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The Arlington Public Schools Syphax Education Center (staff photo by Jay Westcott)

Arlington Public Schools Superintendent Francisco Durán is proposing an earlier start to school next fall and more instructional days than the current academic year.

If approved, the 2023-24 calendar would have 180 instructional days for all students and would start on Aug. 21, 2023. This year, elementary and high school students have 175 instructional days and middle schoolers have 174, falling under the state standard of 180 days and APS calendars pre-pandemic.

The proposal comes after APS received more than 7,100 responses from families and staff earlier this fall in a survey gauging approval of the current calendar and asking for input on three possible calendars for next year. Some respondents urged APS to align its calendar with neighboring jurisdictions, such as Fairfax County Public Schools, and others suggested reducing the number of cultural and religious holidays, per presentation materials for the upcoming School Board meeting this Thursday.

“It is important to align with neighboring districts for holidays and start day… so that our schools can be fully staffed with your teachers,” one respondent said, per a presentation.

Another said they “support the spirit of inclusiveness, but do not support APS adopting so many religious holidays.”

Durán’s proposal has the same start date for students as the proposed or approved calendars for many neighboring jurisdictions, except FCPS, which appears not to have a proposal yet.

Calendars for Arlington Public Schools and nearby jurisdictions (via APS)

Durán’s calendar starts a full week before the preference of many survey respondents and a calendar committee comprised of a group of principals, PTA members, teachers union representatives and central office staff. It has a longer winter break than these two calendars as well.

APS 2023-24 calendar options (via APS)

The School Board will receive more information on the preferred calendar and alternatives on Thursday. It is then slated to vote on Durán’s proposed 2023-24 calendar on Thursday, Dec. 15.

The proposed increase would mark a return to aspects of pre-pandemic calendars, something for which watchdog group Arlington Parents for Education has advocated over the last year. It says this is one way to address its focal point of learning loss.

“Abandoning our longstanding commitment to providing at least 180 days of school, especially given the historic learning loss currently facing APS students, is the wrong approach,” the group said in a recent calendar analysis. “Our students deserve for their school system to return to its historical practice of meeting both the 180-day and 990-hour Virginia state standards.”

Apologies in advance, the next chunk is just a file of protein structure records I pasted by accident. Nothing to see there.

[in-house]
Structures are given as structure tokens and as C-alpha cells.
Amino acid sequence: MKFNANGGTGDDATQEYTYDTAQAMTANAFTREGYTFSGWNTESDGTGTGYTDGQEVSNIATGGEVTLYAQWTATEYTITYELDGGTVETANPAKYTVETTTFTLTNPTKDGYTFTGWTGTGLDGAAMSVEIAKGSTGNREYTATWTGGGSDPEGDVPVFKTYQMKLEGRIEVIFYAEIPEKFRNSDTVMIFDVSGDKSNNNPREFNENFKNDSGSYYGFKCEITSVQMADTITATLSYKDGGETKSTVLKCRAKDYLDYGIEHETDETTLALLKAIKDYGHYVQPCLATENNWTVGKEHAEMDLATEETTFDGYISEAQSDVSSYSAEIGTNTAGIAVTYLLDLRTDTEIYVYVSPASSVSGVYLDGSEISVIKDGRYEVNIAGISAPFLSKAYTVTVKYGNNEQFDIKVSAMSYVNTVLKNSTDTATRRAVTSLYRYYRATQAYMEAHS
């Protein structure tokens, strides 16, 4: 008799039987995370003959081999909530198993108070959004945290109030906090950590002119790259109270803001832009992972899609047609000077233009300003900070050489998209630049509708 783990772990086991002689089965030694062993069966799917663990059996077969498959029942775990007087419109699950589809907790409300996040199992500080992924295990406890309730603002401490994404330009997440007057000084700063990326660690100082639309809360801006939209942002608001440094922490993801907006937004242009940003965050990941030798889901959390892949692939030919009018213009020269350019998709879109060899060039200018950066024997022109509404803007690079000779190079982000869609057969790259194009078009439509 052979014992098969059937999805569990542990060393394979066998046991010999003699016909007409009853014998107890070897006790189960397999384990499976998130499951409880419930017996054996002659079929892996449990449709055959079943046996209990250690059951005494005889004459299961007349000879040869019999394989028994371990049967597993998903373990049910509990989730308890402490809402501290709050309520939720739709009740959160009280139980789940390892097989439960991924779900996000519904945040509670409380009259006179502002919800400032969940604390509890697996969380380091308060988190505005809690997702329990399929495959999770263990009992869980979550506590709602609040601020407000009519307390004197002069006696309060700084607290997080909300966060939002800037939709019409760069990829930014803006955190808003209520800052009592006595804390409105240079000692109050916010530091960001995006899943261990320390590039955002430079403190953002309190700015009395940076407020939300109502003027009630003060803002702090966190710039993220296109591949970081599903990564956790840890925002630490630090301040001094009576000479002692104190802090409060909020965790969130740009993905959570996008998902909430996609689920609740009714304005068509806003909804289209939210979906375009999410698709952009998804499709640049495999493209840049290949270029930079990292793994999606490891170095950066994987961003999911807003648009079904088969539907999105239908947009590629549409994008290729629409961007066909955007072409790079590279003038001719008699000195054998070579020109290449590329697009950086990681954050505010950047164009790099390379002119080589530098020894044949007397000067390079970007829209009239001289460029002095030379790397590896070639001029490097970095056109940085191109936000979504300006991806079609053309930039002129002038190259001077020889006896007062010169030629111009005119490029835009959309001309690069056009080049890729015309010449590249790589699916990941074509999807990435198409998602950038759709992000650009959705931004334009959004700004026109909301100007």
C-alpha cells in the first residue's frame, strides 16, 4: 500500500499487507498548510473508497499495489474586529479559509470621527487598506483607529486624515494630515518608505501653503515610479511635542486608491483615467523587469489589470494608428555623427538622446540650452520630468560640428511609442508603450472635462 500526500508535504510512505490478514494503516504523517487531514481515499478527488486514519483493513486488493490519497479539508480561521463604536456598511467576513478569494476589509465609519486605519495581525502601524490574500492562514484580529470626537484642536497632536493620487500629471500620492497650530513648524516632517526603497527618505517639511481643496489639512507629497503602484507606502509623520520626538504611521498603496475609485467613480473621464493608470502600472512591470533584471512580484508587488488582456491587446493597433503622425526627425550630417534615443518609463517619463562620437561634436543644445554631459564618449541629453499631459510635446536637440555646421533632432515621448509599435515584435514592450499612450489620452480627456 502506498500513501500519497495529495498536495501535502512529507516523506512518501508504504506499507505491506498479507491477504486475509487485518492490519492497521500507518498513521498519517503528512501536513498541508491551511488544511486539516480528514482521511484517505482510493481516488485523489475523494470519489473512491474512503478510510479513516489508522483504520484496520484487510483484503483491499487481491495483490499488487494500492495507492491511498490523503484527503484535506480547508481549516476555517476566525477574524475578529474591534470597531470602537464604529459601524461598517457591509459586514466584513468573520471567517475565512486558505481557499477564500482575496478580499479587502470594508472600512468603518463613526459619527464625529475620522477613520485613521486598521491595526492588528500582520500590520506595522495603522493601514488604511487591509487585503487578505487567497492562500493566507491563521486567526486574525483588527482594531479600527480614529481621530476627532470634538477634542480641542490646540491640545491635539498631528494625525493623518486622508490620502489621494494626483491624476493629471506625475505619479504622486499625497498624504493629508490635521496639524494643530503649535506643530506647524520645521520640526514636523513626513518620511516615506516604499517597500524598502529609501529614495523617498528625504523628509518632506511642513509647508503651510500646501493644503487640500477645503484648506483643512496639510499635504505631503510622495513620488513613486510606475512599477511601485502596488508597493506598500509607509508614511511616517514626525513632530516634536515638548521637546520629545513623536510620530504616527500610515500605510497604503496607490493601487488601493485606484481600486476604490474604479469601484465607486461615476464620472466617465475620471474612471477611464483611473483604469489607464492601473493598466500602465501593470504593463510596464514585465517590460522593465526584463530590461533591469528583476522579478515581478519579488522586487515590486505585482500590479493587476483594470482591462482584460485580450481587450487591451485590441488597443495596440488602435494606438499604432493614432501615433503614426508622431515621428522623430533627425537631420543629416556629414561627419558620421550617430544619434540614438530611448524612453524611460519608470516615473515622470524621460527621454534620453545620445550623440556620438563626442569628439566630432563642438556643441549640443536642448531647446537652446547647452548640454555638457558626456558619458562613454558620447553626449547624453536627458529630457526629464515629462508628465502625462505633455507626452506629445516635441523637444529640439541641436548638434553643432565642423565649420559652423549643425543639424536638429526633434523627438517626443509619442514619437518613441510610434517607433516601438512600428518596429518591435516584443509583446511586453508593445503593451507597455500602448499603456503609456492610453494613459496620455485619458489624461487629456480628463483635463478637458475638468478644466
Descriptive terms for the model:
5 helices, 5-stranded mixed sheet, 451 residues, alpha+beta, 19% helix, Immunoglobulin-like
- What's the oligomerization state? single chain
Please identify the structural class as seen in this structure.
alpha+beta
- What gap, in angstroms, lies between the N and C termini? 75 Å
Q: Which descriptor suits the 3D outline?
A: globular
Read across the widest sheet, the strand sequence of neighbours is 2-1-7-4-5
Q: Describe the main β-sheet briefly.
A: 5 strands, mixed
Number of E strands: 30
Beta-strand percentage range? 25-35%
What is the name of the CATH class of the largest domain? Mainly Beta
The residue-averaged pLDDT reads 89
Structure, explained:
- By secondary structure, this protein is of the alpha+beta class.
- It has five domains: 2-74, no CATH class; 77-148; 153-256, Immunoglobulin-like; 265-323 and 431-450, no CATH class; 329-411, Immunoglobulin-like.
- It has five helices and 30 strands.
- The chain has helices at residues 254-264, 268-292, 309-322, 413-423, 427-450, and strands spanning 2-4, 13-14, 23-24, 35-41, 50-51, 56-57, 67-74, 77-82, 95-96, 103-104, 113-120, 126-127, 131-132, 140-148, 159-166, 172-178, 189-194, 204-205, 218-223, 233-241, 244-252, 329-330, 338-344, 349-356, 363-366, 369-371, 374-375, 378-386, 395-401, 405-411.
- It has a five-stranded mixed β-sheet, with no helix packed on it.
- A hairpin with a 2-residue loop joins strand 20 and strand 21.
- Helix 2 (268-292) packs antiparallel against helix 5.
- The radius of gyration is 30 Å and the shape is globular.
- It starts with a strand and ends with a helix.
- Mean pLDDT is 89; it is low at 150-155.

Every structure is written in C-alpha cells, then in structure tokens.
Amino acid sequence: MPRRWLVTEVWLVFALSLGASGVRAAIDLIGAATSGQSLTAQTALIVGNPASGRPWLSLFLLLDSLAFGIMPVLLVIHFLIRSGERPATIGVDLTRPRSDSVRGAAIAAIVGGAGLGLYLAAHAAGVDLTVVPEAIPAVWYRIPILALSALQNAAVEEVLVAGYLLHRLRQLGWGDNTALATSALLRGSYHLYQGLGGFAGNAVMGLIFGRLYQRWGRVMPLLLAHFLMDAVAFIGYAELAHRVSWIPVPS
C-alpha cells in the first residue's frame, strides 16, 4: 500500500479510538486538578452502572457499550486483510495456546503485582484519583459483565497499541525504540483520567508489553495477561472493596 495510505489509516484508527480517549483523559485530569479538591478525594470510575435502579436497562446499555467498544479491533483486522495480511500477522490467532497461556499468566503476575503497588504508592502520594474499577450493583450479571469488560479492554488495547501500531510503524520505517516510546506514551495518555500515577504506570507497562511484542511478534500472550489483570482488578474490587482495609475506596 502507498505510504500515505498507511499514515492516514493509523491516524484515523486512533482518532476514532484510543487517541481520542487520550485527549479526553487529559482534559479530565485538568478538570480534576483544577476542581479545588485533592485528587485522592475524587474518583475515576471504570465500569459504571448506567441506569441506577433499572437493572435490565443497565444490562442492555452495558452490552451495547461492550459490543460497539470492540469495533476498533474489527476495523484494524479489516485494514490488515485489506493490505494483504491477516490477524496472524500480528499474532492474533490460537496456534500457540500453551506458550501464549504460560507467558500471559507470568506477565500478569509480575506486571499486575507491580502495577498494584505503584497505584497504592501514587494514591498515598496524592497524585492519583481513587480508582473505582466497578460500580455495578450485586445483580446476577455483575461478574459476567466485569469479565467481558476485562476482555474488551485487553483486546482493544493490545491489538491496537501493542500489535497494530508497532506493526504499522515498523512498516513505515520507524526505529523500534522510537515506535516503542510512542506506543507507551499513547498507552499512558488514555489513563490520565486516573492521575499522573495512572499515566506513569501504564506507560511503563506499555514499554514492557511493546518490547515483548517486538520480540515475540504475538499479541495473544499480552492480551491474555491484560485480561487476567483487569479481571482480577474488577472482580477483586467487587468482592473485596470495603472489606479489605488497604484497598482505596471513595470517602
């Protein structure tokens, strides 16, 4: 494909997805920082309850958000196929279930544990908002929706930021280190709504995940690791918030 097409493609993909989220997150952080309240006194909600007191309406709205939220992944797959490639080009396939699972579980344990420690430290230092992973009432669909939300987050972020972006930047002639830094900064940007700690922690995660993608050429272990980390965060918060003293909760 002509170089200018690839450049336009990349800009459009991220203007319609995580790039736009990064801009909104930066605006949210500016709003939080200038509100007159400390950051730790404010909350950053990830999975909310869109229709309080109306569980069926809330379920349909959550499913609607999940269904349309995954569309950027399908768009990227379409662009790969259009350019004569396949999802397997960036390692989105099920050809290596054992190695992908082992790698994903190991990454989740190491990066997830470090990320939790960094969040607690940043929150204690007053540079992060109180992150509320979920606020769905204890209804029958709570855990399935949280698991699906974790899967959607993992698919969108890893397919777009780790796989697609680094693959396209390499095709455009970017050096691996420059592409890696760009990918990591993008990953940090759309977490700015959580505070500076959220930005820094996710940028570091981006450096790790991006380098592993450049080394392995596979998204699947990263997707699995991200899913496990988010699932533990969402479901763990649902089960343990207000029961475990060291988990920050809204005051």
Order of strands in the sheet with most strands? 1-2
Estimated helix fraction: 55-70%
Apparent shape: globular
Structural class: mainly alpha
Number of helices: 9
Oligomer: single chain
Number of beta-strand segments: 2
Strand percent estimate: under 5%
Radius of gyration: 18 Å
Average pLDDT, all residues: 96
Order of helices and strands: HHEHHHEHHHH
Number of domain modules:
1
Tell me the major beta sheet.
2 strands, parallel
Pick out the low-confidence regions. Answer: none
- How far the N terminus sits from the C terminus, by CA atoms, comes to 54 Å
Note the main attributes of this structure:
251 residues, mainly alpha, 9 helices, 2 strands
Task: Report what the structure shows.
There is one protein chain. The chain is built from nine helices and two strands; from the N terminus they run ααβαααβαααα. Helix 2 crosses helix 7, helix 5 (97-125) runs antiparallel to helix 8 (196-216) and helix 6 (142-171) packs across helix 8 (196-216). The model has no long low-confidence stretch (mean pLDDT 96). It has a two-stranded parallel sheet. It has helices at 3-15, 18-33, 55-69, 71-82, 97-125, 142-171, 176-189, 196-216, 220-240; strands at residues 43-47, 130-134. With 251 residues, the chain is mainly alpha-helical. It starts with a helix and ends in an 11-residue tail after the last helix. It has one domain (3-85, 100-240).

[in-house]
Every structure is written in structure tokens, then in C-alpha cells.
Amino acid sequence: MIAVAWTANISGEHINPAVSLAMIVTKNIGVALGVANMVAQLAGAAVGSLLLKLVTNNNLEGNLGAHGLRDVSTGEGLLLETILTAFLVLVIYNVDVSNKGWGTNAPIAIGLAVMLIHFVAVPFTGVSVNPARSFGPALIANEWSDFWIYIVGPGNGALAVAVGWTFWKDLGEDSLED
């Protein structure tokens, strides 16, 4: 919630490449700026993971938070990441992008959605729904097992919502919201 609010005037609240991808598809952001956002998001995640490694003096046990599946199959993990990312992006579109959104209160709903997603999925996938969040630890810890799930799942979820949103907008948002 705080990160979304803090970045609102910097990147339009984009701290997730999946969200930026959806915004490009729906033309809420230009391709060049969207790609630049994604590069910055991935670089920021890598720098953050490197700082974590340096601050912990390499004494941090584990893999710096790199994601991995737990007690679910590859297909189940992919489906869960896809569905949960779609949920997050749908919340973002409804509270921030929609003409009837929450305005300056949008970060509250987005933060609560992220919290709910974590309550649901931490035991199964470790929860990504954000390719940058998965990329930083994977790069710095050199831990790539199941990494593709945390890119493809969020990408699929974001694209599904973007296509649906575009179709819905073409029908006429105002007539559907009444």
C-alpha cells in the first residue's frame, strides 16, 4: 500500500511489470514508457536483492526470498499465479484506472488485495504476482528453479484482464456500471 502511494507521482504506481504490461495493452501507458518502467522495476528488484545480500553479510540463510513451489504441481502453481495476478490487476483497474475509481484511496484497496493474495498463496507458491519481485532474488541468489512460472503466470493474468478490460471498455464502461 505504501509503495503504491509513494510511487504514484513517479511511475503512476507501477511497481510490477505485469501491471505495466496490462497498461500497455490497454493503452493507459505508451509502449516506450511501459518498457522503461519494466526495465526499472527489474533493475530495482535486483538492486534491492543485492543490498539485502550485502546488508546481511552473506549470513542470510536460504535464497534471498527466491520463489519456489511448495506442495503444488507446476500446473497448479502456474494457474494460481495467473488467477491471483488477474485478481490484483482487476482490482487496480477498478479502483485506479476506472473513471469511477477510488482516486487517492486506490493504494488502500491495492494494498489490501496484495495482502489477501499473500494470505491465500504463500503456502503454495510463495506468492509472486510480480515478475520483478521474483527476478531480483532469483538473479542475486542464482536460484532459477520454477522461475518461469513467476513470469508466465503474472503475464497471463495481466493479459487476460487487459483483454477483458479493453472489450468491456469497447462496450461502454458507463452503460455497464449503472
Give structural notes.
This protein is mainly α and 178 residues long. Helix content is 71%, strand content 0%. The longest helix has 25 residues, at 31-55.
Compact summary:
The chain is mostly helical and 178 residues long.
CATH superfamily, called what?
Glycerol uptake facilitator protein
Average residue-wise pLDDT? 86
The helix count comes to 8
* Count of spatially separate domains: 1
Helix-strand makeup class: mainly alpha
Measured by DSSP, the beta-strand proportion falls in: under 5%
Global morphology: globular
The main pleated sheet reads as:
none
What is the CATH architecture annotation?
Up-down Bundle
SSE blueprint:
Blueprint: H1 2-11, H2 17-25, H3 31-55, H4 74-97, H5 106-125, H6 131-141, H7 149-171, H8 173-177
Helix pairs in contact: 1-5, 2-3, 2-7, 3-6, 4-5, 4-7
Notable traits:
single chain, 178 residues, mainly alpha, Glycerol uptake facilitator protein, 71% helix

Over the last 10 years, the APE says, 181 days has been the norm for student attendance days. APS dipped under 180 days during the 2020-21 school year, at the onset of the pandemic, and has not returned to 180 days since, it said.

APS calendars over the last 10 years (via Arlington Parents for Education)

A few years ago, APS began starting the school year before Labor Day after former Virginia Gov. Ralph Northam authorized schools to start up to two weeks before the September holiday.

“Despite that change, APS has tended to start later than neighboring divisions,” the group said. “The result is fewer days of school for Arlington children.”

Comparative calendars for D.C. area public school systems for the 2022-23 school year (via Arlington Parents for Education)

Starting with the 2021-22 school year, APS also added four non-Christian religious holidays, a move to which some survey respondents objected.

The proposed 2023-24 calendar would observe Yom Kippur (Sept. 25) and Eid al-Fitr (April 10). This fall, APS took days off for Rosh Hashanah and Diwali, but those are not included in next year’s calendar, possibly because they are set to occur on weekends next fall.

“This look-back at 10 years of calendar history and the comparison of the current APS calendar with that of our neighbors indicates that whether it is an earlier start, later finish, use of federal holidays, or different patterns around winter break, APS has options for how it can meet 180 days,” APE said.

Durán proposes 31 days off for federal holidays, winter break, and religious holidays, as well as grade and reporting days.

Proposed days off for students in Arlington Public Schools (via APS)
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(Updated at 9:30 p.m.) What many believed would be the most competitive Arlington County Board race in four years has turned out to be another convincing Democratic victory.

The three-way race between incumbent Democrat Matt de Ferranti and independents Audrey Clement and Adam Theo is, at least to some degree, a referendum on Missing Middle housing.

Clement strongly opposes the proposal to allow smaller-scale multifamily housing in neighborhoods currently zoned only for single-family homes, while Theo supports it. De Ferranti, meanwhile, staked out a middle ground, expressing opposition to the higher 8-unit end of the potential range of allowed housing types.

With 55 out of 57 precincts reporting, de Ferranti has 60% of the vote to 28% for Clement and 10% for Theo.

Both Clement and Theo ran for County Board last year, before Missing Middle came to the fore as a hot-button local issue. In the 2021 race, Democrat Takis Karantonis carried about 60% of the vote to 18% for Clement, 6% for Theo and 14% for Mike Cantwell, another independent candidate..